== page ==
Myron Orfield, the director of the Institute on Metropolitan Opportunity at the University of Minnesota, recently described to me this short but perfect waterfall, “the ideal size for milling,” and I couldn’t help but think that the Saint Anthony Falls were a metaphor for the city’s advantages: a blend of geographical blessings and thoughtful city planning—all of which, to an outsider, looks deceptively boring.
The Twin Cities’ geographical blessings are subtle. Unlike America’s coastal megatropolises, Minneapolis doesn’t benefit from a proximity to other rich cities and their intermingling of commerce. Instead, it’s so far from other major metros that it’s a singular magnet for regional talent. “There’s basically nothing between us and Seattle, so we’ve historically had all these smaller cities in Iowa, Nebraska, the Dakotas, and Montana that are our satellites,” Orfield told me.
Minneapolis–St. Paul is the headquarters for 19 Fortune 500 companies—more than any other metro its size—spanning retail (Target), health care (UnitedHealth), and food (General Mills). In the past 60 years, 40 Minneapolis-based businesses have made it onto Fortune’s list. “We’re not like Atlanta, where half of its Fortune 500s moved there,” Myles Shaver, a professor at the Carlson School of Management at the University of Minnesota, told me. “There is something about Minneapolis that makes us unusually good at building and keeping large companies.”
Shaver’s theory, which he’s developing into a book, is that Minneapolis is so successful at turning medium-size companies into giants because its most important resource never leaves the city: educated managers of every level, who can work at just about any company. Shaver looked at the outward migration of employed, college-educated people who earn at least twice the national average income—his proxy for the manager demographic—and found that of the 25 largest American cities, only one had a lower rate of outflow than Minneapolis (although he couldn’t compute data for three others). Among all college-educated workers, Minneapolis also had the second-lowest outflow. “It bears out the old adage: ‘It’s really hard to get people to move to Minneapolis, and it’s impossible to get them to leave.’ ”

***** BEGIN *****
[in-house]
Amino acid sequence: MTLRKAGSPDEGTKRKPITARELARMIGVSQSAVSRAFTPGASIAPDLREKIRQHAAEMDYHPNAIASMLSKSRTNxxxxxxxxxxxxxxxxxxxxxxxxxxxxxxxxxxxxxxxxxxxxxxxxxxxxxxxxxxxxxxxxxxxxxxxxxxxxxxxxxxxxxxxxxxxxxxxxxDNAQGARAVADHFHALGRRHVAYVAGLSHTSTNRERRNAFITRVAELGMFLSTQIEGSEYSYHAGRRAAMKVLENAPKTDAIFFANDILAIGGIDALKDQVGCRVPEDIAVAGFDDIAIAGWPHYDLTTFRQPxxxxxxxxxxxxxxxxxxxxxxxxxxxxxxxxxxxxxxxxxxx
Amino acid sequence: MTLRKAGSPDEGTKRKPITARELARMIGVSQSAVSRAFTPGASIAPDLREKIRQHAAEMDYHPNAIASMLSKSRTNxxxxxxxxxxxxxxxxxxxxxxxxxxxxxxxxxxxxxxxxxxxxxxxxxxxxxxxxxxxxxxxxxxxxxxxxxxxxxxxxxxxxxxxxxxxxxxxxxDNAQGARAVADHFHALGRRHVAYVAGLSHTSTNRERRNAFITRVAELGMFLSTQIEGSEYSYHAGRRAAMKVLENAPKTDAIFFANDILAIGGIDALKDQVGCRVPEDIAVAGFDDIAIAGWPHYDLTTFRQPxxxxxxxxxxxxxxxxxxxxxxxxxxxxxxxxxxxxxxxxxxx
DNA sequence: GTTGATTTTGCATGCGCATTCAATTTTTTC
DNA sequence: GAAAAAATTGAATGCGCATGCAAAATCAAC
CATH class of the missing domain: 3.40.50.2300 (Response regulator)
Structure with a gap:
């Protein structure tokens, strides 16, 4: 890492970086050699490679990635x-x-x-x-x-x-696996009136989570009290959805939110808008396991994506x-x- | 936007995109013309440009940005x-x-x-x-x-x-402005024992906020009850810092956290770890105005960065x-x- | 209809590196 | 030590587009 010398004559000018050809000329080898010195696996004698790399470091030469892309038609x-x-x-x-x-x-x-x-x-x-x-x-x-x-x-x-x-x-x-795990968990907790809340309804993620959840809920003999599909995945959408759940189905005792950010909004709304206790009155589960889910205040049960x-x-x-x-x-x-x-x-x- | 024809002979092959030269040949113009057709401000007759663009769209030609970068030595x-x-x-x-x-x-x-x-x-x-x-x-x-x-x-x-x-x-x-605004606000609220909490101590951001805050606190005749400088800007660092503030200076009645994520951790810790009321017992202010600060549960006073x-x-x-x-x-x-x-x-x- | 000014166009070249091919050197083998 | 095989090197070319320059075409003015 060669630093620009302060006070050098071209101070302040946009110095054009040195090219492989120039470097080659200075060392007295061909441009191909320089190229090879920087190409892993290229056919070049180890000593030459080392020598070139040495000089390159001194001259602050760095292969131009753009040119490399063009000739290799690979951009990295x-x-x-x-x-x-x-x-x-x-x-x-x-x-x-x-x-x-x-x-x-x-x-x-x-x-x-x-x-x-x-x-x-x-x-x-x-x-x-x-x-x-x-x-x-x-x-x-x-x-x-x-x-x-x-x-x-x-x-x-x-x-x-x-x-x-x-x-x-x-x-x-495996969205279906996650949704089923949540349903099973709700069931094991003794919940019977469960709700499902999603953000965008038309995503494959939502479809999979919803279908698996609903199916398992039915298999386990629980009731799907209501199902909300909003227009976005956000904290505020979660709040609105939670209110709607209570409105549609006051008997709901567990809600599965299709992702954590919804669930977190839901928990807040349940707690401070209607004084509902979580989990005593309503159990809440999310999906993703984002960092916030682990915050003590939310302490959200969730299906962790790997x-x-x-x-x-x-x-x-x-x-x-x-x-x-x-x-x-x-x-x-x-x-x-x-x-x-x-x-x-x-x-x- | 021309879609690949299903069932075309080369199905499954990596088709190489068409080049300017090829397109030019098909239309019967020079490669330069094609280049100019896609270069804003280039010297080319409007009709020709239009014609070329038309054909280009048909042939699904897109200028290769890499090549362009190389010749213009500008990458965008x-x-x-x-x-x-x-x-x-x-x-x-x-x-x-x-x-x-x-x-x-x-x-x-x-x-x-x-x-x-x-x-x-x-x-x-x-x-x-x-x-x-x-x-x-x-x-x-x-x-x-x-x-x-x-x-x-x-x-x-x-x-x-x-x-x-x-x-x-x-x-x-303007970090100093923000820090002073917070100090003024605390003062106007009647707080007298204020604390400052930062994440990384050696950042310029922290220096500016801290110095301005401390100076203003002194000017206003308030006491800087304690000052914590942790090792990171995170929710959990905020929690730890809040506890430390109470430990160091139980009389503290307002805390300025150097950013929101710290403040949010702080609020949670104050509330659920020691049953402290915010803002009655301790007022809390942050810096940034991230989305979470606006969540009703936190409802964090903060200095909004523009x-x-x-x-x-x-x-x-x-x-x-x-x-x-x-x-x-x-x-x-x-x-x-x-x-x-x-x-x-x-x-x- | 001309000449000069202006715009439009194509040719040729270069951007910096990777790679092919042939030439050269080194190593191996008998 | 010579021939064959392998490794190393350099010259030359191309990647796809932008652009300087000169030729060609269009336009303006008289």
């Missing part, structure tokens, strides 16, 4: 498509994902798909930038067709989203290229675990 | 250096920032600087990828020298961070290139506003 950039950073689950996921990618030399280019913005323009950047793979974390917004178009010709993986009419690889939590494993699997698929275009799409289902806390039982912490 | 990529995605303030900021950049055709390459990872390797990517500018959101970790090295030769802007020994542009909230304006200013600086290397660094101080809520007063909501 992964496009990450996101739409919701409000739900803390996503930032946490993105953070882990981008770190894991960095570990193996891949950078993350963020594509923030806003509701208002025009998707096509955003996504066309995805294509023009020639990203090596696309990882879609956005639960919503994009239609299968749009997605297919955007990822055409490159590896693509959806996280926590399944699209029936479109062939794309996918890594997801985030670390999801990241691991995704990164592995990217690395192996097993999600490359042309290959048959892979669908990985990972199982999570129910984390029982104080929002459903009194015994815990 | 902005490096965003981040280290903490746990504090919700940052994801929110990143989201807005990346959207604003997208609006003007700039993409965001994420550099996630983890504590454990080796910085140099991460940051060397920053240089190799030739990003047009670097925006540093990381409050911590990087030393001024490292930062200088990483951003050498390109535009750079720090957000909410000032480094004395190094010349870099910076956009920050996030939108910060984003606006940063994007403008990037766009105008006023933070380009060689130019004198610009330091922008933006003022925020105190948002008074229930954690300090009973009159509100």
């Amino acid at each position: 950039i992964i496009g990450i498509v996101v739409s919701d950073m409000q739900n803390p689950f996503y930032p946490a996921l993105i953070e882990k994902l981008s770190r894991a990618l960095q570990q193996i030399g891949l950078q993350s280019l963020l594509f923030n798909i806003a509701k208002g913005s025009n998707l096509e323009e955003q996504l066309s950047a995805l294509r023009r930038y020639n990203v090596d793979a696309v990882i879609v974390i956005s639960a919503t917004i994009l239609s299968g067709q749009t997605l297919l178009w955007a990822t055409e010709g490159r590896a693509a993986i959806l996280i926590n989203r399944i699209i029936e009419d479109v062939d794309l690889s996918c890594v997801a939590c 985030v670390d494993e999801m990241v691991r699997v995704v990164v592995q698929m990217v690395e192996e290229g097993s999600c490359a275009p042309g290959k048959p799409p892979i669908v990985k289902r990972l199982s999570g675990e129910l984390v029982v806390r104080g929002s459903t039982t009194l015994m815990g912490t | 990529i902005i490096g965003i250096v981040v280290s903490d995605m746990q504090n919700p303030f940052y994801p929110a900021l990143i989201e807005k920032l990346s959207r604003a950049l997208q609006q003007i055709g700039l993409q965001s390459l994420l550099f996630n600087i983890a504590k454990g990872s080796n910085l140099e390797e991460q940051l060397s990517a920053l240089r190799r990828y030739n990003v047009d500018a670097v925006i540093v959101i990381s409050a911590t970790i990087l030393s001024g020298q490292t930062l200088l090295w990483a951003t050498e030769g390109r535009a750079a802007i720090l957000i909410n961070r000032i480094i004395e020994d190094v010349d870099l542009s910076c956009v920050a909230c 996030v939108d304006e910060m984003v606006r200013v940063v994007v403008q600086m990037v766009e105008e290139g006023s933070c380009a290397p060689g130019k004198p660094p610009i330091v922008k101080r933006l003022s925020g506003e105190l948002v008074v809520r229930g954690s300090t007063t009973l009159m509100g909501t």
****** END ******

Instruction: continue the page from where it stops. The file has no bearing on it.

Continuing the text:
Why is that? And how has the city stayed so affordable despite its wealth and success? The answers appear to involve a highly unusual approach to regional governance, one that encourages high-income communities to share not only their tax revenues but also their real estate with the lower and middle classes.
In the 1960s, local districts and towns in the Twin Cities region offered competing tax breaks to lure in new businesses, diminishing their revenues and depleting their social services in an effort to steal jobs from elsewhere within the area. In 1971, the region came up with an ingenious plan that would help halt this race to the bottom, and also address widening inequality. The Minnesota state legislature passed a law requiring all of the region’s local governments—in Minneapolis and St. Paul and throughout their ring of suburbs—to contribute almost half of the growth in their commercial tax revenues to a regional pool, from which the money would be distributed to tax-poor areas. Today, business taxes are used to enrich some of the region’s poorest communities.